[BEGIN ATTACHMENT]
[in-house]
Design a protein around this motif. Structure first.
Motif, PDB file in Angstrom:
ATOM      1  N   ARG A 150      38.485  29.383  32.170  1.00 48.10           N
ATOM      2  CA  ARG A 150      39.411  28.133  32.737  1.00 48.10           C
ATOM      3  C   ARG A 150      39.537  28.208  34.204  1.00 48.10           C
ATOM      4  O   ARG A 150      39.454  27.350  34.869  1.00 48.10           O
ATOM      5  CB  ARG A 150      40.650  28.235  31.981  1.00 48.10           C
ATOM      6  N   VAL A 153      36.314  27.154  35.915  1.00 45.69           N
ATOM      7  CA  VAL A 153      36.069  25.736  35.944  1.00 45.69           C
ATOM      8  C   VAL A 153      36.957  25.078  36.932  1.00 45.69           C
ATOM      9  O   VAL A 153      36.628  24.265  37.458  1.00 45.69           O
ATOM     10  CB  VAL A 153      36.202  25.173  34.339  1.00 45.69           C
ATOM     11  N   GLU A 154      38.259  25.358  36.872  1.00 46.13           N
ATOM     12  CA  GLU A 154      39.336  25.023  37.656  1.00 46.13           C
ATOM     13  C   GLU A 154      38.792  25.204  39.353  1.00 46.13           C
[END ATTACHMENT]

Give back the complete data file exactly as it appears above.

[in-house]
Design a protein around this motif. Structure first.
Motif, PDB file in Angstrom:
ATOM      1  N   ARG A 150      38.485  29.383  32.170  1.00 48.10           N
ATOM      2  CA  ARG A 150      39.411  28.133  32.737  1.00 48.10           C
ATOM      3  C   ARG A 150      39.537  28.208  34.204  1.00 48.10           C
ATOM      4  O   ARG A 150      39.454  27.350  34.869  1.00 48.10           O
ATOM      5  CB  ARG A 150      40.650  28.235  31.981  1.00 48.10           C
ATOM      6  N   VAL A 153      36.314  27.154  35.915  1.00 45.69           N
ATOM      7  CA  VAL A 153      36.069  25.736  35.944  1.00 45.69           C
ATOM      8  C   VAL A 153      36.957  25.078  36.932  1.00 45.69           C
ATOM      9  O   VAL A 153      36.628  24.265  37.458  1.00 45.69           O
ATOM     10  CB  VAL A 153      36.202  25.173  34.339  1.00 45.69           C
ATOM     11  N   GLU A 154      38.259  25.358  36.872  1.00 46.13           N
ATOM     12  CA  GLU A 154      39.336  25.023  37.656  1.00 46.13           C
ATOM     13  C   GLU A 154      38.792  25.204  39.353  1.00 46.13           C